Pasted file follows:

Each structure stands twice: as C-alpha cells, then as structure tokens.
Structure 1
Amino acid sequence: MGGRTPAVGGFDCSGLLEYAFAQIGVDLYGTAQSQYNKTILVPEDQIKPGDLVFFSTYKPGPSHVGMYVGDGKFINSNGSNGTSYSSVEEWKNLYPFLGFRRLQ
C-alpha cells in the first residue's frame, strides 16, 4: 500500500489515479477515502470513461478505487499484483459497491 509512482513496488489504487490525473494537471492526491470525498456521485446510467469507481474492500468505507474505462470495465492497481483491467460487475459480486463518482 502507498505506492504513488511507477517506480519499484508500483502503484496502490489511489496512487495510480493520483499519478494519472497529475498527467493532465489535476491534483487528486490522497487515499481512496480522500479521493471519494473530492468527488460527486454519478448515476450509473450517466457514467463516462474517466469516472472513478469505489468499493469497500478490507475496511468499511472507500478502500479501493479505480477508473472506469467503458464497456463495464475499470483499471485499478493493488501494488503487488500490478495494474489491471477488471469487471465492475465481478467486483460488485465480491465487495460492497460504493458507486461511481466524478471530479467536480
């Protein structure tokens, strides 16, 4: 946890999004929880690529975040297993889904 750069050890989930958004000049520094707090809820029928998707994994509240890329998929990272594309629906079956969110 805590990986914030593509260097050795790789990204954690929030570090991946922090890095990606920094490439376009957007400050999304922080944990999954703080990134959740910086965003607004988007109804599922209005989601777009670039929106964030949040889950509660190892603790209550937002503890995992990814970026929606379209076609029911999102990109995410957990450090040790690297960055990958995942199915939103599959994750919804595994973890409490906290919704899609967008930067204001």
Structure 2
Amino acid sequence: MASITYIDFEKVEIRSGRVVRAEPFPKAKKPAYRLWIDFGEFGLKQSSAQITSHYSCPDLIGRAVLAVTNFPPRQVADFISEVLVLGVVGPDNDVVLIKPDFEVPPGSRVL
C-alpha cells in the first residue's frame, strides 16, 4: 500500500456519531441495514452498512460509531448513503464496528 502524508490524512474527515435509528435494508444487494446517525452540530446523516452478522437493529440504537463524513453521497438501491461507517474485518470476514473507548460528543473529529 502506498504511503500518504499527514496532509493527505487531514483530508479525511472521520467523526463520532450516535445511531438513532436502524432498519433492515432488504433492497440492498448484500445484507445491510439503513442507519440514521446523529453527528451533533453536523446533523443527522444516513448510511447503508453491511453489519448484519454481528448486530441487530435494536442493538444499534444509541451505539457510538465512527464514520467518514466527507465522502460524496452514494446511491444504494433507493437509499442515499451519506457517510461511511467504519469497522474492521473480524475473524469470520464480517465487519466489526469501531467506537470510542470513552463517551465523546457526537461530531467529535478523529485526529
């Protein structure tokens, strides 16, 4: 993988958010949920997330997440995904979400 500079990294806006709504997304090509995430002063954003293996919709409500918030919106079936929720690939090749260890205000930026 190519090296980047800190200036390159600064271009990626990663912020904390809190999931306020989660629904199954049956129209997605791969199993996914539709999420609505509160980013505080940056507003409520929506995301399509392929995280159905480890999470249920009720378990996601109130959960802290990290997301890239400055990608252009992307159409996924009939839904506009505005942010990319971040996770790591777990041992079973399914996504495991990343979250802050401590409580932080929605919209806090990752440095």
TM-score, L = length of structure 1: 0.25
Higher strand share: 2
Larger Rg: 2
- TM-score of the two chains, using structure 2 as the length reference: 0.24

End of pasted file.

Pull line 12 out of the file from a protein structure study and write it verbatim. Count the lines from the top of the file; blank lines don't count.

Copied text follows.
Larger Rg: 2